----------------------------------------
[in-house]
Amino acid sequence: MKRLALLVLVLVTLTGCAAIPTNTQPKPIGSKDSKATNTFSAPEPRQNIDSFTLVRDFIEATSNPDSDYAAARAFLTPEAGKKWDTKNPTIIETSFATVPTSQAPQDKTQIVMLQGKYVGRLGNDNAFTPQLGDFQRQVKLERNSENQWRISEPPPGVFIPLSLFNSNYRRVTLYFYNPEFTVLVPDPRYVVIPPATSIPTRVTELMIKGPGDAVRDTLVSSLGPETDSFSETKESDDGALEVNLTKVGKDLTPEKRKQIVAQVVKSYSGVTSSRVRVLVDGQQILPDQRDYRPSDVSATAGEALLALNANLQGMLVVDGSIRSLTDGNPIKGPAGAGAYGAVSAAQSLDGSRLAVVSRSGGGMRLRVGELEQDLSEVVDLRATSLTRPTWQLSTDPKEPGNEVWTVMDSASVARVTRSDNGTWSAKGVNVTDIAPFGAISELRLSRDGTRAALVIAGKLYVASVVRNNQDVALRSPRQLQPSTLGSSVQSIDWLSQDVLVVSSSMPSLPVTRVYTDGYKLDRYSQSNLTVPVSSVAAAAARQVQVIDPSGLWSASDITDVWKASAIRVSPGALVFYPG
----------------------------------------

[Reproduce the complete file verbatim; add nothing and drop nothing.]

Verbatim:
[in-house]
Amino acid sequence: MKRLALLVLVLVTLTGCAAIPTNTQPKPIGSKDSKATNTFSAPEPRQNIDSFTLVRDFIEATSNPDSDYAAARAFLTPEAGKKWDTKNPTIIETSFATVPTSQAPQDKTQIVMLQGKYVGRLGNDNAFTPQLGDFQRQVKLERNSENQWRISEPPPGVFIPLSLFNSNYRRVTLYFYNPEFTVLVPDPRYVVIPPATSIPTRVTELMIKGPGDAVRDTLVSSLGPETDSFSETKESDDGALEVNLTKVGKDLTPEKRKQIVAQVVKSYSGVTSSRVRVLVDGQQILPDQRDYRPSDVSATAGEALLALNANLQGMLVVDGSIRSLTDGNPIKGPAGAGAYGAVSAAQSLDGSRLAVVSRSGGGMRLRVGELEQDLSEVVDLRATSLTRPTWQLSTDPKEPGNEVWTVMDSASVARVTRSDNGTWSAKGVNVTDIAPFGAISELRLSRDGTRAALVIAGKLYVASVVRNNQDVALRSPRQLQPSTLGSSVQSIDWLSQDVLVVSSSMPSLPVTRVYTDGYKLDRYSQSNLTVPVSSVAAAAARQVQVIDPSGLWSASDITDVWKASAIRVSPGALVFYPG